Saturday, 29 November 2014

An interview with Professor Bruce Hood, School of Experimental Psychology, 11/11/2014 - by Melissa Levy

Professor Bruce Hood is a Professor of Developmental Psychology in Society. He is specifically interested in cognitive development from a neuroscience perspective, but also works on face and gaze processing, inhibitory control of thoughts and actions, spatial representation and action, na├»ve theories and the origin of adult magical reasoning from children’s natural intuitions. If you want any more information about what he and his group then follow this link:

Where did you go to university and what did you study?

“My first university was the University of Dundee in Scotland where I did an arts degree. In Scotland you can do a four year degree and take lots of different topics, I didn’t know anything about psychology and I was doing things like economics, accountancy and finance but I had to take another subject and so I took psychology and fell in love with it! This made me decide that I wanted to be a psychologist! So I went to Cambridge and did my PHD there, so I’ve been in Scotland and Cambridge.”

How did you get from there to where you are now in Bristol?

“How long have you got?!
After Cambridge I had a position at UCL and then I got a MRC (medical research council) travelling fellowship which enabled me to go anywhere in the world and I went to MIT. So I did my post-doctorate at MIT and then I applied for a position at Harvard and I was an associate professor there for five years. Then I came to Bristol.”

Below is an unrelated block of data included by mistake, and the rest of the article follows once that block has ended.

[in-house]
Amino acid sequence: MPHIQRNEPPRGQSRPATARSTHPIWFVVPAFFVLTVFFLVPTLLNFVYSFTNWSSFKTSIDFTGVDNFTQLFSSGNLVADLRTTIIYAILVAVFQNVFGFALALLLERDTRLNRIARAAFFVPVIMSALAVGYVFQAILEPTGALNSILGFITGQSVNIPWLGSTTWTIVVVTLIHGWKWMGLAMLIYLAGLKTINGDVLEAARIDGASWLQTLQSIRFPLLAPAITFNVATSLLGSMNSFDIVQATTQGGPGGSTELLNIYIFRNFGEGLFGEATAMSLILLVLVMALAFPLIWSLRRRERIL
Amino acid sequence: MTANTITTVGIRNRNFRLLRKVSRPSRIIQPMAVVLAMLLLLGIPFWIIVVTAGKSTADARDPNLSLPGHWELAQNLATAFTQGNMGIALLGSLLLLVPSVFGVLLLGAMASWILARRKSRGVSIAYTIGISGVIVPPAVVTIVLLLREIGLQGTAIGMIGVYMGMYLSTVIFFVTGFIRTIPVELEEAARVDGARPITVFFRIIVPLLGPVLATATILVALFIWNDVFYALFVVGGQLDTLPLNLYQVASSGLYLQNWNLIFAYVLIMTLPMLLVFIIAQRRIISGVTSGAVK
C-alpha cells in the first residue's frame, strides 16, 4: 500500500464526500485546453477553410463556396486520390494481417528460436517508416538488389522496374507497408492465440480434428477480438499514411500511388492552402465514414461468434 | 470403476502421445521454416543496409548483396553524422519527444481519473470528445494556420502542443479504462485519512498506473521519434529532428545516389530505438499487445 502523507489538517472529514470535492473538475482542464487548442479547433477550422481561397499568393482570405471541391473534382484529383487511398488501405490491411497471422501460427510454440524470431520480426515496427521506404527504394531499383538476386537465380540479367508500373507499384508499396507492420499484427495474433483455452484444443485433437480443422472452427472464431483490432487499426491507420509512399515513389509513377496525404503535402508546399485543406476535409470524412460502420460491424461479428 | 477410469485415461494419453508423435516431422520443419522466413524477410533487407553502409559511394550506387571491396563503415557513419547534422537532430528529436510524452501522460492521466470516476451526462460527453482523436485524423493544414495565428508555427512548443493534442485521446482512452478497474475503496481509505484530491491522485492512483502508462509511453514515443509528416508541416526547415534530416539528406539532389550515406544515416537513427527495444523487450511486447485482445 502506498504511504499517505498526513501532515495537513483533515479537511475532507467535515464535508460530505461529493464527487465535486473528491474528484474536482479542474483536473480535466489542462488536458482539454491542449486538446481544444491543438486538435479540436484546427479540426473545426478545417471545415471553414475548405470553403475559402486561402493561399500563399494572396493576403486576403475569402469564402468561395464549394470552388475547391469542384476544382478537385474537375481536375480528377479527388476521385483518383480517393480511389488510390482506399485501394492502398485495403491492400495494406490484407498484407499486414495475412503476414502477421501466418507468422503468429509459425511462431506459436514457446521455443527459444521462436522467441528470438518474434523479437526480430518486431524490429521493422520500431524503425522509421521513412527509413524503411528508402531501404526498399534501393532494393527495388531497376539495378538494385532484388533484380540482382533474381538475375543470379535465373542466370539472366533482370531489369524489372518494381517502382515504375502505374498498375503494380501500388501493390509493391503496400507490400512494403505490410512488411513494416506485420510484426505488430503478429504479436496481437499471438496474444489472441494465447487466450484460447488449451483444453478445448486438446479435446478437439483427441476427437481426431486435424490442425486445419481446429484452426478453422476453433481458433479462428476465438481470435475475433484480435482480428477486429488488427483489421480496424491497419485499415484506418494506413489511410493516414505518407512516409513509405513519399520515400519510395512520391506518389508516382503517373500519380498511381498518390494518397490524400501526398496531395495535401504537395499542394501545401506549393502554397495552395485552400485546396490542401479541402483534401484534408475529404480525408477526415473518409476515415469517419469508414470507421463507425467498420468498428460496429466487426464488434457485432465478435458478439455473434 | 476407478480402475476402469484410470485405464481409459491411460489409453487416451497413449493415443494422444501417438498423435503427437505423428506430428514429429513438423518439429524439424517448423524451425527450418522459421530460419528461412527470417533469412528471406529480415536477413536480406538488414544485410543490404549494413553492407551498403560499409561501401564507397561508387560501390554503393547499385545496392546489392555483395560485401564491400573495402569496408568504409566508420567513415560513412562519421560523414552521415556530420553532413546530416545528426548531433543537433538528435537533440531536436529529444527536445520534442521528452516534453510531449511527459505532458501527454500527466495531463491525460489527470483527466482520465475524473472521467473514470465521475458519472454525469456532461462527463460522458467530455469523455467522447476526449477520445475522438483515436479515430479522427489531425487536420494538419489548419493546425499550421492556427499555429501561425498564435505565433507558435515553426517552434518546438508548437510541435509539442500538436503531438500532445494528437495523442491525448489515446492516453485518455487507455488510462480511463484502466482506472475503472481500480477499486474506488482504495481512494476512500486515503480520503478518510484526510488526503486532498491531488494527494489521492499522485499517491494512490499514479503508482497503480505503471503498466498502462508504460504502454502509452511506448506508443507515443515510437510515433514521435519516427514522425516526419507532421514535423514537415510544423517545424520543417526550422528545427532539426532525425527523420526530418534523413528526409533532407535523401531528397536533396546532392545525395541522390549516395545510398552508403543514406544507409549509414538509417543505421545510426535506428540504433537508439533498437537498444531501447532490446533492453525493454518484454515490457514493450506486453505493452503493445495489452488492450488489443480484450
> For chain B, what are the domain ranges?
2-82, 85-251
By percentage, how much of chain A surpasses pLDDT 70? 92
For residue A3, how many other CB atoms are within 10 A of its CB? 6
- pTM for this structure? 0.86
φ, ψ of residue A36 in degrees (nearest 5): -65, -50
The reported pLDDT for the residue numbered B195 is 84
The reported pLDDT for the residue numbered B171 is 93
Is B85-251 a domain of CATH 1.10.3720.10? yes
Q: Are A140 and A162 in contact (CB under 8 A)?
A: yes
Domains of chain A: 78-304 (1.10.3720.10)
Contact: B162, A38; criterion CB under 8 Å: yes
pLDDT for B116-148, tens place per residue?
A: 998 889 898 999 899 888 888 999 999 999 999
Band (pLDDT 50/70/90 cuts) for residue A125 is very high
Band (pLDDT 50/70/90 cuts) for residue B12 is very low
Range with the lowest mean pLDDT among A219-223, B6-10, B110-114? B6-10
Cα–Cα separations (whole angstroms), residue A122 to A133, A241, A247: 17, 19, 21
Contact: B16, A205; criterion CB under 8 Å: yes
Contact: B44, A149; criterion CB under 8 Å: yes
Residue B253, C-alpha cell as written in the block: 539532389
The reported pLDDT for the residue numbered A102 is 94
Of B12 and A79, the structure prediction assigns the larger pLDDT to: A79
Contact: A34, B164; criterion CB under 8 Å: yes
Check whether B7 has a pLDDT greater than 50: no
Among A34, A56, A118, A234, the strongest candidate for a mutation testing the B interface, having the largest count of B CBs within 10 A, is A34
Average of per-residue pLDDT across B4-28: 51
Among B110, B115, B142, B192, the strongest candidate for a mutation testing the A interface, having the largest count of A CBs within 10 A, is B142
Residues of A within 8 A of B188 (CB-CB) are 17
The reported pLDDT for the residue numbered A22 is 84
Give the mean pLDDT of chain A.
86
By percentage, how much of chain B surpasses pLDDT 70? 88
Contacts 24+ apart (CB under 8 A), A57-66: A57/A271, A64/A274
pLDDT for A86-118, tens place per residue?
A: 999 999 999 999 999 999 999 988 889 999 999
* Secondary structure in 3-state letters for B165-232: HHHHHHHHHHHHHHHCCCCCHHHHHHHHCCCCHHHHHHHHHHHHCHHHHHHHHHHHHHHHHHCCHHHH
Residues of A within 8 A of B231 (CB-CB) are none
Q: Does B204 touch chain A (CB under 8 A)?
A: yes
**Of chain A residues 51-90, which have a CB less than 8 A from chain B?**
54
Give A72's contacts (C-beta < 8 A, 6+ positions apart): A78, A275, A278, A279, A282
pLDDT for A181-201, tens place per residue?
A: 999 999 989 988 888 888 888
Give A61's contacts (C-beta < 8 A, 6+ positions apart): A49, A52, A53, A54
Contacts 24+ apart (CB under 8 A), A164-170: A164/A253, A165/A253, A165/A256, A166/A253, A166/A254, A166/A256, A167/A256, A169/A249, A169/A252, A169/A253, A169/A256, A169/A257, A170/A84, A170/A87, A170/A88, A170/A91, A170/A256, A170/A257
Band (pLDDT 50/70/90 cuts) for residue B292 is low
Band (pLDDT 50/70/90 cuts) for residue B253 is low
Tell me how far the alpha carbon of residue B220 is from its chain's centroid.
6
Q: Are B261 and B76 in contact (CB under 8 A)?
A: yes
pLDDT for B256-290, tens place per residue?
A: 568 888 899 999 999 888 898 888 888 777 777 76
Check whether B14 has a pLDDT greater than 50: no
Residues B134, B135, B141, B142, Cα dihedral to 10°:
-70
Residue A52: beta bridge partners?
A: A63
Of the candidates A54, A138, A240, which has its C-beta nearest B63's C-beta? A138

How would you describe your area of research to someone who’s not in the field?

“Well I have very diverse interests but I suppose they all deal with aspects of development of mind - in the childhood origins of how we think as adults. I’m interested in children not because they’re kids but because I think they give a great insight into the complexity of adult behaviour and the human mind and also some indication as to how we’ve evolved complexity.”

How would you describe your typical day and your typical research? It’s obviously different to that of a chemist let’s say…

“Well unfortunately I don’t have the luxury of doing the research myself directly, although occasionally I will help out. I really love conducting research and collecting data but because I’ve got so many projects running simultaneously I can’t actually collect data myself. So usually it’s working with my post-docs and my grad-students to devise and design experiments, piloting them here in the centre and then very often taking them out into the community.
We do research at the @Bristol Science Museum, but we also collect data in the schools, so it’s a lot of what you would regard as field work. But if we were using a technology which doesn’t transport like eye-movement recordings or ERP (Event Related Potentials –brain signals) then we would do that in the lab.”

If you could go back to conducting the field work yourself would you do that or are you happy with where you are now?